-Reviewed by Balihar Khalsa–
I work in TV and am trying to establish myself as a documentary maker, but have become acutely aware that there are very few role models who look like me (i.e. Asian women directors). It was with this mindset that I stumbled across the Bare Lit Festival on Twitter. The festival was put together to highlight the diverse work being created by Black, Asian and Ethnic Minority writers. Reading about it through the website ahead of the event I was excited to see panels with discussions around: liberation, (re) writing pasts and future and second generation poets in exile.
When I went on a Saturday morning to the panel discussion on Liberation in Literature, at the Free Word Centre, I was glad to see a room of people from a broad range of backgrounds. The panel was made up of distinguished writers, chaired by author Radhika Swarup, drawing on a wealth of experiences to discuss whether literature can liberate. It quickly emerged that the panel had different interpretations of the concept.
Professor of Caribbean literature and author Joan Anim-Addo, who launched the first Black literature masters in the UK, opened up the conversation explaining that liberation is a principle by which she has lived her whole life. As a black woman of African Caribbean descent resistance is part of her experience and has become part of the community’s DNA, she continued.
Powerfully she posed her position by explaining: “Being a writer or a professor was never what I was supposed to be”. Writing has been a liberating experience for Joan, but she quickly pointed out the areas of the industry that needed improving. “There was a time when I searched for black women characters in literature”, she explained, “There are still immense difficulties around agents – the likelihood of being represented by an agent is minuscule. There is huge under representation at every level of production: publishing, agents, writers. It has to change.”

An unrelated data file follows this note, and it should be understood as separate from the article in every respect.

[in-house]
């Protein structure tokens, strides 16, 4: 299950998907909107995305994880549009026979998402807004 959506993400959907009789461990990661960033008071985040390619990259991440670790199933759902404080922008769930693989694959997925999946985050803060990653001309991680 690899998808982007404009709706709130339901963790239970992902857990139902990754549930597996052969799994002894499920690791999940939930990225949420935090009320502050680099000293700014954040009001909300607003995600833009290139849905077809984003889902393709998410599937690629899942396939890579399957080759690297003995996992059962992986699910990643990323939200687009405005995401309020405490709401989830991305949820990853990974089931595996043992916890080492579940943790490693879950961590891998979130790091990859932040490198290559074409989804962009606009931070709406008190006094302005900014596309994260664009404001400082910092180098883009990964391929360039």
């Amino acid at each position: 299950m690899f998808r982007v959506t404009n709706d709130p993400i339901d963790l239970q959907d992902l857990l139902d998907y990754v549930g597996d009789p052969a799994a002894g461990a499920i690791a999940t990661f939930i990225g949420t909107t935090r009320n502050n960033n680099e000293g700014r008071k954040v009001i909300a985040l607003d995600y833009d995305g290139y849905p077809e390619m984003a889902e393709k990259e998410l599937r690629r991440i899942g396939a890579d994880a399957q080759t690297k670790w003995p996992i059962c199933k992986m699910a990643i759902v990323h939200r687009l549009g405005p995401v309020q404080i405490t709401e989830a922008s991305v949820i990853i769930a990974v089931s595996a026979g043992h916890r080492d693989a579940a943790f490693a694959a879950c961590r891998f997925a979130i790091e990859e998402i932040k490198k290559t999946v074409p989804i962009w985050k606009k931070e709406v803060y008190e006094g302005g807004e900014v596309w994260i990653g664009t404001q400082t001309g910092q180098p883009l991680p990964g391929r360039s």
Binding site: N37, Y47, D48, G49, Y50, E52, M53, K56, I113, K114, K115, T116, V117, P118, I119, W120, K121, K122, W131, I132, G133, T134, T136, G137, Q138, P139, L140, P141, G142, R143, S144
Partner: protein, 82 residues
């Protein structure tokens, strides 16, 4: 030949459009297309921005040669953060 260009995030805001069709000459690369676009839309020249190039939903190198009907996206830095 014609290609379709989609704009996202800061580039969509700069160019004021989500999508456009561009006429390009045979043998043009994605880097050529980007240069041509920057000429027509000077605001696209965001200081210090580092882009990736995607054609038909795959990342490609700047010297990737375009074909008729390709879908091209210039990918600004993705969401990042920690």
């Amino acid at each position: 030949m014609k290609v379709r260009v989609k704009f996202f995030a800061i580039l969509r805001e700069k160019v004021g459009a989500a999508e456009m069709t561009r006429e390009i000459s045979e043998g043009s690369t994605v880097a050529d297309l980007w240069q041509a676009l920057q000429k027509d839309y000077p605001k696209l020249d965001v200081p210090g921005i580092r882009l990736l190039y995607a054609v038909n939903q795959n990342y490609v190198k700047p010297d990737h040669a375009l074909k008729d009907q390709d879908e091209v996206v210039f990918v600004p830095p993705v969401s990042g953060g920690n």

The lack of black characters in English literature was also raised by erotic fiction novelist Sareeta Domingo. “Representation is also an issue in liberation. In romantic fiction you often don’t see people of colour in those stories”, she explained. Her view on liberation was that writers have to be free to write honestly and truthfully. “There is a question on liberation about who is allowed to write and what you’re expected to write as a person of colour”, she said.
The panel touched on the fact that many black writers are expected to write about particular issues or topics and being pigeonholed. While Sareeta explained that she has never felt that, the other panellists explored this area further. Part of these expectations come from having audiences to cater to. Radhika posed the question: “As writers we are often addressing white female audiences – does that change perspective?”. Robin Yassin Kassab continued on the theme and raised the fact that with stories, particularly ones that evoke political connections, audiences can be stuck with big narratives. These create preconceptions and a lack of need to pay attention to the human level, which in turn can lead to people being labelled and stuck in boxes.
However, despite these issues Joan said: “People are more receptive to something that is fictionalised. They are in a frame of mind to receive info, if you contrast that to being bombarded by certain types of journalism.”
The power of fiction to look at stories through a different lens is incredibly helpful. Radhika explained: “Looking at historical fiction through one or two people is a way of getting out of the grand narratives that are often pushed on us. The India/Pakistan division displaced 16 million people and fiction will look at that history and turn a lens on it.”
Leila Aboulela added to this: “People relate to fictional characters, but in non-fiction they have a different view. When I write about the hijab for the Guardian the comments underneath it are very different to the reaction I get to my books.”
She also added for aspiring writers it is hugely important not to look back too much and never to ask for a reason for rejection. “I don’t want to hear there isn’t a market and I don’t want to know about pigeon-holing”, she explained.
With those words she personified the resolve that so many people have to succeed. The discussion had highlighted some of the most issues that writers of colour have to deal with and how even once writers are recognised and successful, there are still challenges to deal with. However, the one message I took away from the session was that liberation through literature is something that can be achieved, but only if more people of colour are involved in the industry. As Radhika explained, having a different perspective, one of an outsider, is a brilliant position to have as a storyteller. So, here’s to the outsiders.